STAND-ALONE DISPLAY PIECE
For those who want their guest book to be a stand-alone part of their home décor, the range of choices is considerable. For a sweet and simple display, put out smooth white stones and permanent markers and store the signed stones in a clear vase. If you are inviting guests from a variety of locations, provide a globe and pins with paper flags on them; guests may sign their names and write their hometowns on the flag and place the pin on the globe accordingly. If you want a standout stand-alone piece, you can have guests sign a quilt, guitar or bench.
The most modern guestbook option is the digital guestbook, a medium that captures your guests on film and allows you to experience their excitement again and again long after your wedding. The easiest way to create a digital guestbook is to assign an attendant to your iPad or video camera and have him or her record guests as they congratulate you.
Regardless of which guestbook option you choose, you can’t go wrong. Amidst the stress of dress alterations and catering decisions, approach the guestbook as a fun diversion that you will treasure on your wedding day and beyond.
Gram It! The Latest in Photo Trends to Capture Your Day in Style
By Danielle Verderame
Wondering what hashtag Queen Victoria may have used to tag her trend-setting white dress makes us realize just how much bridal portraits have evolved. While the wedding is shaped around timeline and budget, the storytelling method ties together trends. Some studios, like Stone Blue Productions, are bringing cinematic filming techniques from the big screen down to your private event. Other couples are mixing modern technology with the help of friends. Whatever methods you select, the pattern is clear. Start recording early and keep the cameras rolling until after the big day has finished.
Sharing The Engagement
As engagement ideas get bigger, so has coverage of the special moment. Paparazzi proposals are popping up as a new trend complete with photographers hiding out in the bushes to capture the special moment. Some couples have also incorporated flash mobs composed of family and friends to be part of that “Yes!” moment.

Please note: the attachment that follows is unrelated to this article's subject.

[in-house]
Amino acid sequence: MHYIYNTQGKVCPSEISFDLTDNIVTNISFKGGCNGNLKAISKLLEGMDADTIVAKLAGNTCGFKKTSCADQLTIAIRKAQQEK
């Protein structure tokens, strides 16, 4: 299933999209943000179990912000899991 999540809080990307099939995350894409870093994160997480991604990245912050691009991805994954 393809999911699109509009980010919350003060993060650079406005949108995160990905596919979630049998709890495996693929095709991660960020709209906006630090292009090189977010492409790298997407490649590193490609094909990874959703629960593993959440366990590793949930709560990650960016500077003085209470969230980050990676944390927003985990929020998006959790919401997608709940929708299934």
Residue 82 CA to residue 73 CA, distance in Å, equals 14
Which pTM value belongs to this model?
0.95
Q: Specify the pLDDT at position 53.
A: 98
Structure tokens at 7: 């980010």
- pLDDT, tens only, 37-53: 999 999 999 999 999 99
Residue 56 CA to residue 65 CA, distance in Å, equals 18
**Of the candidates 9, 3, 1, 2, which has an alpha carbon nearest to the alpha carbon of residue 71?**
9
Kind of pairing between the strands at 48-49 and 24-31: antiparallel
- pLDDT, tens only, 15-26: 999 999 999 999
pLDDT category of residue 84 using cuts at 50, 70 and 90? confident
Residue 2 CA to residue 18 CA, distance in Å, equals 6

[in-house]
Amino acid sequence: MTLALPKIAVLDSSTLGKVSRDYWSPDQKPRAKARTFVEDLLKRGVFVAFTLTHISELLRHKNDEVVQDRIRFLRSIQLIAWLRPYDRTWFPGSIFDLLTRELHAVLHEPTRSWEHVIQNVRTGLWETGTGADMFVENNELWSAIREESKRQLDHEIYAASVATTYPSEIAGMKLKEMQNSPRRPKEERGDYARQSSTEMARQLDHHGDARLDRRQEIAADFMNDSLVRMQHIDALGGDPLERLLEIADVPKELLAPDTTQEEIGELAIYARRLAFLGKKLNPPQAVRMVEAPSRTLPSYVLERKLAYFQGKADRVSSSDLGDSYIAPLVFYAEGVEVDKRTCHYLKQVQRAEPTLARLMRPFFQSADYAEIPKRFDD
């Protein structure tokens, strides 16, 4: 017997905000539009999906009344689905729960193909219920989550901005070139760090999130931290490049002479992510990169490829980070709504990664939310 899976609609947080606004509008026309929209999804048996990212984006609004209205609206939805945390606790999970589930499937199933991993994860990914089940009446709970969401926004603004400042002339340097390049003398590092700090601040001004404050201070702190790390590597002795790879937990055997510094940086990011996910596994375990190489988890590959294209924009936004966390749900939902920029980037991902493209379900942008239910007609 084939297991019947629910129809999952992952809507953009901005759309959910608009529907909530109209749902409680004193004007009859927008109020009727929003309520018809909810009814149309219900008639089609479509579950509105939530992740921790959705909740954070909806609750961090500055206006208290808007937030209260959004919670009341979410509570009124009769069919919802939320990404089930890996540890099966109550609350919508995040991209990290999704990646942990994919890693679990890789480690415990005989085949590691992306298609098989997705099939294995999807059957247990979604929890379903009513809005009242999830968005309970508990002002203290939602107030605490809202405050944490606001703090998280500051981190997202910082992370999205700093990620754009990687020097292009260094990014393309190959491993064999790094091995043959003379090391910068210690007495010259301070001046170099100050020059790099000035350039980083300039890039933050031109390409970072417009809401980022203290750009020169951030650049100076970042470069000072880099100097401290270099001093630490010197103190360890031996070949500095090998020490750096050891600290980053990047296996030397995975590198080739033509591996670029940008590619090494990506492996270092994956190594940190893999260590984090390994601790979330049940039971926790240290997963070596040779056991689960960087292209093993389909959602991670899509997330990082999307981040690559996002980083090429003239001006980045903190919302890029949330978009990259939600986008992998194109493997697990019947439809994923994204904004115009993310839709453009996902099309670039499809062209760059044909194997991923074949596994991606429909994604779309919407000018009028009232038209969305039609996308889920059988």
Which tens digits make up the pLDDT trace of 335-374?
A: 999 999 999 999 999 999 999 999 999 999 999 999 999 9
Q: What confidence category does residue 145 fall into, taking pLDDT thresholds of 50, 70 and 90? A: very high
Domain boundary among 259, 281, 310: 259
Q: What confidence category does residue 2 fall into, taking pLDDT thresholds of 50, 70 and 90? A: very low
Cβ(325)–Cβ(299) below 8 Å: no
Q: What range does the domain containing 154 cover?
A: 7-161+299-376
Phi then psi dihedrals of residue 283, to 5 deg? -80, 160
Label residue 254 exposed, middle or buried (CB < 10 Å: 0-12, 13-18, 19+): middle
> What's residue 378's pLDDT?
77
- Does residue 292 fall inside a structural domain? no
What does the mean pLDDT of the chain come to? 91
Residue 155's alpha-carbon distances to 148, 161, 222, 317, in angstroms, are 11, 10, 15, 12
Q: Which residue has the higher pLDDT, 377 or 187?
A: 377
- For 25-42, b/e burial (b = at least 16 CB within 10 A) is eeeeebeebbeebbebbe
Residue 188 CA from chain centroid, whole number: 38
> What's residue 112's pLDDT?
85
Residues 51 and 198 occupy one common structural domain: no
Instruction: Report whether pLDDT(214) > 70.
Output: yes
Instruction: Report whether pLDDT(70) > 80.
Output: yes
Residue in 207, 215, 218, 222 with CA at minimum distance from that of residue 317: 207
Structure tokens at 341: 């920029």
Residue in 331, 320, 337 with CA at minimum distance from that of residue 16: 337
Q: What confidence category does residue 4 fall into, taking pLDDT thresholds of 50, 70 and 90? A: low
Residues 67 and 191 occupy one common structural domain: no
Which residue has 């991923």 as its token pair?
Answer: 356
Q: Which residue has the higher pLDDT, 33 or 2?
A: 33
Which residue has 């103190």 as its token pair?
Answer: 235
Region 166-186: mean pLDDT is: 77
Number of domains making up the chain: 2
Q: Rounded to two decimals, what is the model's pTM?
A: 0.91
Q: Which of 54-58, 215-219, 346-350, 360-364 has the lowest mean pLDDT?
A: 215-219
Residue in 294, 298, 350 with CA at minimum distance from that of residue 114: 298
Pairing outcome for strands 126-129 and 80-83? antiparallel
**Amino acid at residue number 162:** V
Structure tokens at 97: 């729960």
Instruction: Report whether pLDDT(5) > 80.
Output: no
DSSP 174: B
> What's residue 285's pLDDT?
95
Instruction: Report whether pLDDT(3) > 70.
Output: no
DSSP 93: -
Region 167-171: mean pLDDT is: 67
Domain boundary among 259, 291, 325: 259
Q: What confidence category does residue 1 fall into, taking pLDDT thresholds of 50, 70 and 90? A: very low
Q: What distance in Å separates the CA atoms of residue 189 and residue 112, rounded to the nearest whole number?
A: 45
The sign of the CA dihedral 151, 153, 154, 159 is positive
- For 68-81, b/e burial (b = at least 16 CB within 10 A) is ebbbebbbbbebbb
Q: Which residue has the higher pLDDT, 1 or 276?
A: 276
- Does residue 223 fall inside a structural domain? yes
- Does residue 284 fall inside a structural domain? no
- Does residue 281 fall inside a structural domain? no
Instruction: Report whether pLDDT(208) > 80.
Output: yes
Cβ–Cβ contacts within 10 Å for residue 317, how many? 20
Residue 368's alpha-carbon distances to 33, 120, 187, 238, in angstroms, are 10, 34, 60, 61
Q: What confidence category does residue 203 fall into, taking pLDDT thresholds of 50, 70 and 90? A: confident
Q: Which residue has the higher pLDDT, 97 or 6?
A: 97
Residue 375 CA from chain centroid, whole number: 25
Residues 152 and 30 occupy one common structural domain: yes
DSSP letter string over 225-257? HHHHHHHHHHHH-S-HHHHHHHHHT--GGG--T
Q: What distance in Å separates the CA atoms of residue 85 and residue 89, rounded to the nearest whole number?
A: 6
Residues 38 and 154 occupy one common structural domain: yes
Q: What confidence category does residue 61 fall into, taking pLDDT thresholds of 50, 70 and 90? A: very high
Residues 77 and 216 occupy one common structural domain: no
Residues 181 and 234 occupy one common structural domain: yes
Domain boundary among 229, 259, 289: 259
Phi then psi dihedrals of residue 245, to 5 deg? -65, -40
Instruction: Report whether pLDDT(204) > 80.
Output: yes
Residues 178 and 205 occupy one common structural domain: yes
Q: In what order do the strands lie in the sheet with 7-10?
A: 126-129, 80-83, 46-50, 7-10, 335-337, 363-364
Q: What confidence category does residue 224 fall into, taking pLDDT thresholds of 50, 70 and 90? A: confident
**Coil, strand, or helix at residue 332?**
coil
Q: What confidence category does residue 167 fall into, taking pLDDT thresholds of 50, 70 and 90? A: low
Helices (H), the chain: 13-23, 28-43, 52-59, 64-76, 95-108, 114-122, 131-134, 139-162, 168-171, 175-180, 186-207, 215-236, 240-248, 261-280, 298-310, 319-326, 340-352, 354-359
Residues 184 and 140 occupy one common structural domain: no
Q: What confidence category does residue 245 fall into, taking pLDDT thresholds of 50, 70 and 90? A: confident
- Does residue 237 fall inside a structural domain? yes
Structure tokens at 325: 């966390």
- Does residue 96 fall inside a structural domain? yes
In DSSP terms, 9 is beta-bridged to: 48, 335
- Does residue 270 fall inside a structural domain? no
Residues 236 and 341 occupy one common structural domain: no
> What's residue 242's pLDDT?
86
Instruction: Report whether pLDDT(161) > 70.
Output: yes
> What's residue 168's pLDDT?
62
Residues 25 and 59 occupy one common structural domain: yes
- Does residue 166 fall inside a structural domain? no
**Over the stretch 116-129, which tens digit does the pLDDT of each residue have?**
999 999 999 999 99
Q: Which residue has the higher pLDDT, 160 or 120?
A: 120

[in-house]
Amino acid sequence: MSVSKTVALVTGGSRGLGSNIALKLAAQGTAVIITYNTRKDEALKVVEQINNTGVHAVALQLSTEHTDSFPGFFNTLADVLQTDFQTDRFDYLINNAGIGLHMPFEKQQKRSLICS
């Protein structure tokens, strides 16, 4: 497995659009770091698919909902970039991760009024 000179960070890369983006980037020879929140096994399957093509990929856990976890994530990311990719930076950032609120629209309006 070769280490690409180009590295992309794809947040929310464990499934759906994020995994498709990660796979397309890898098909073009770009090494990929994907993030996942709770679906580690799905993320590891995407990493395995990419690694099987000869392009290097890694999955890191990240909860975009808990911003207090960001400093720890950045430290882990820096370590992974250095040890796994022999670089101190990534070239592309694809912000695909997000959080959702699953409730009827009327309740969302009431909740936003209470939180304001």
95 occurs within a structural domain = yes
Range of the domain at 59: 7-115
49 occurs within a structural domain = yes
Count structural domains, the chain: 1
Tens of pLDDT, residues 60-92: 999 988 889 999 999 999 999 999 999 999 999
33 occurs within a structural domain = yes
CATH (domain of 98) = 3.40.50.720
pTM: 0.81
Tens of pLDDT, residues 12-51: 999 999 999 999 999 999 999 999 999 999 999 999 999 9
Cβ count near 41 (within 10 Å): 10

Before your engagement grows into a wedding, it’s time to start your story with Save The Date postcards. Engagement photos are a great option for personalized cards. Many couples are also now creating introductory videos. Bringing guests up to the moment, these videos play like movie trailers. They can be either cinematic or documentary style bringing your romance to the small screen.
Planning for the Big Day
When interviewing photographers, ask them about trends like stop-motion photography or family first looks. And that Pinterest board you’ve been building for the past year will also come in useful to show your photographer a sense of your style. Jeremiah Guelzo, owner of Stone Blue Productions, explains, “Use that board as a basis for creativity.” Instead of exactly recreating your favorite pin, the photographer can use
it to inspire a shoot to suit you and your style.
For less stress on the actual day, Guelzo suggests breaking up the big moments into the weeks leading up to the nuptials. If you plan a separate portrait session, far-off family can get a sneak peak of your dress or you could display your bridal portraits at the reception. Planning separate times for portraits also guarantees that you won’t feel as rushed and can take as much time as you would like to get just the right shots. And remember that if you plan to run a wedding video at the rehearsal dinner or reception, the footage from these little moments will add to the presentation.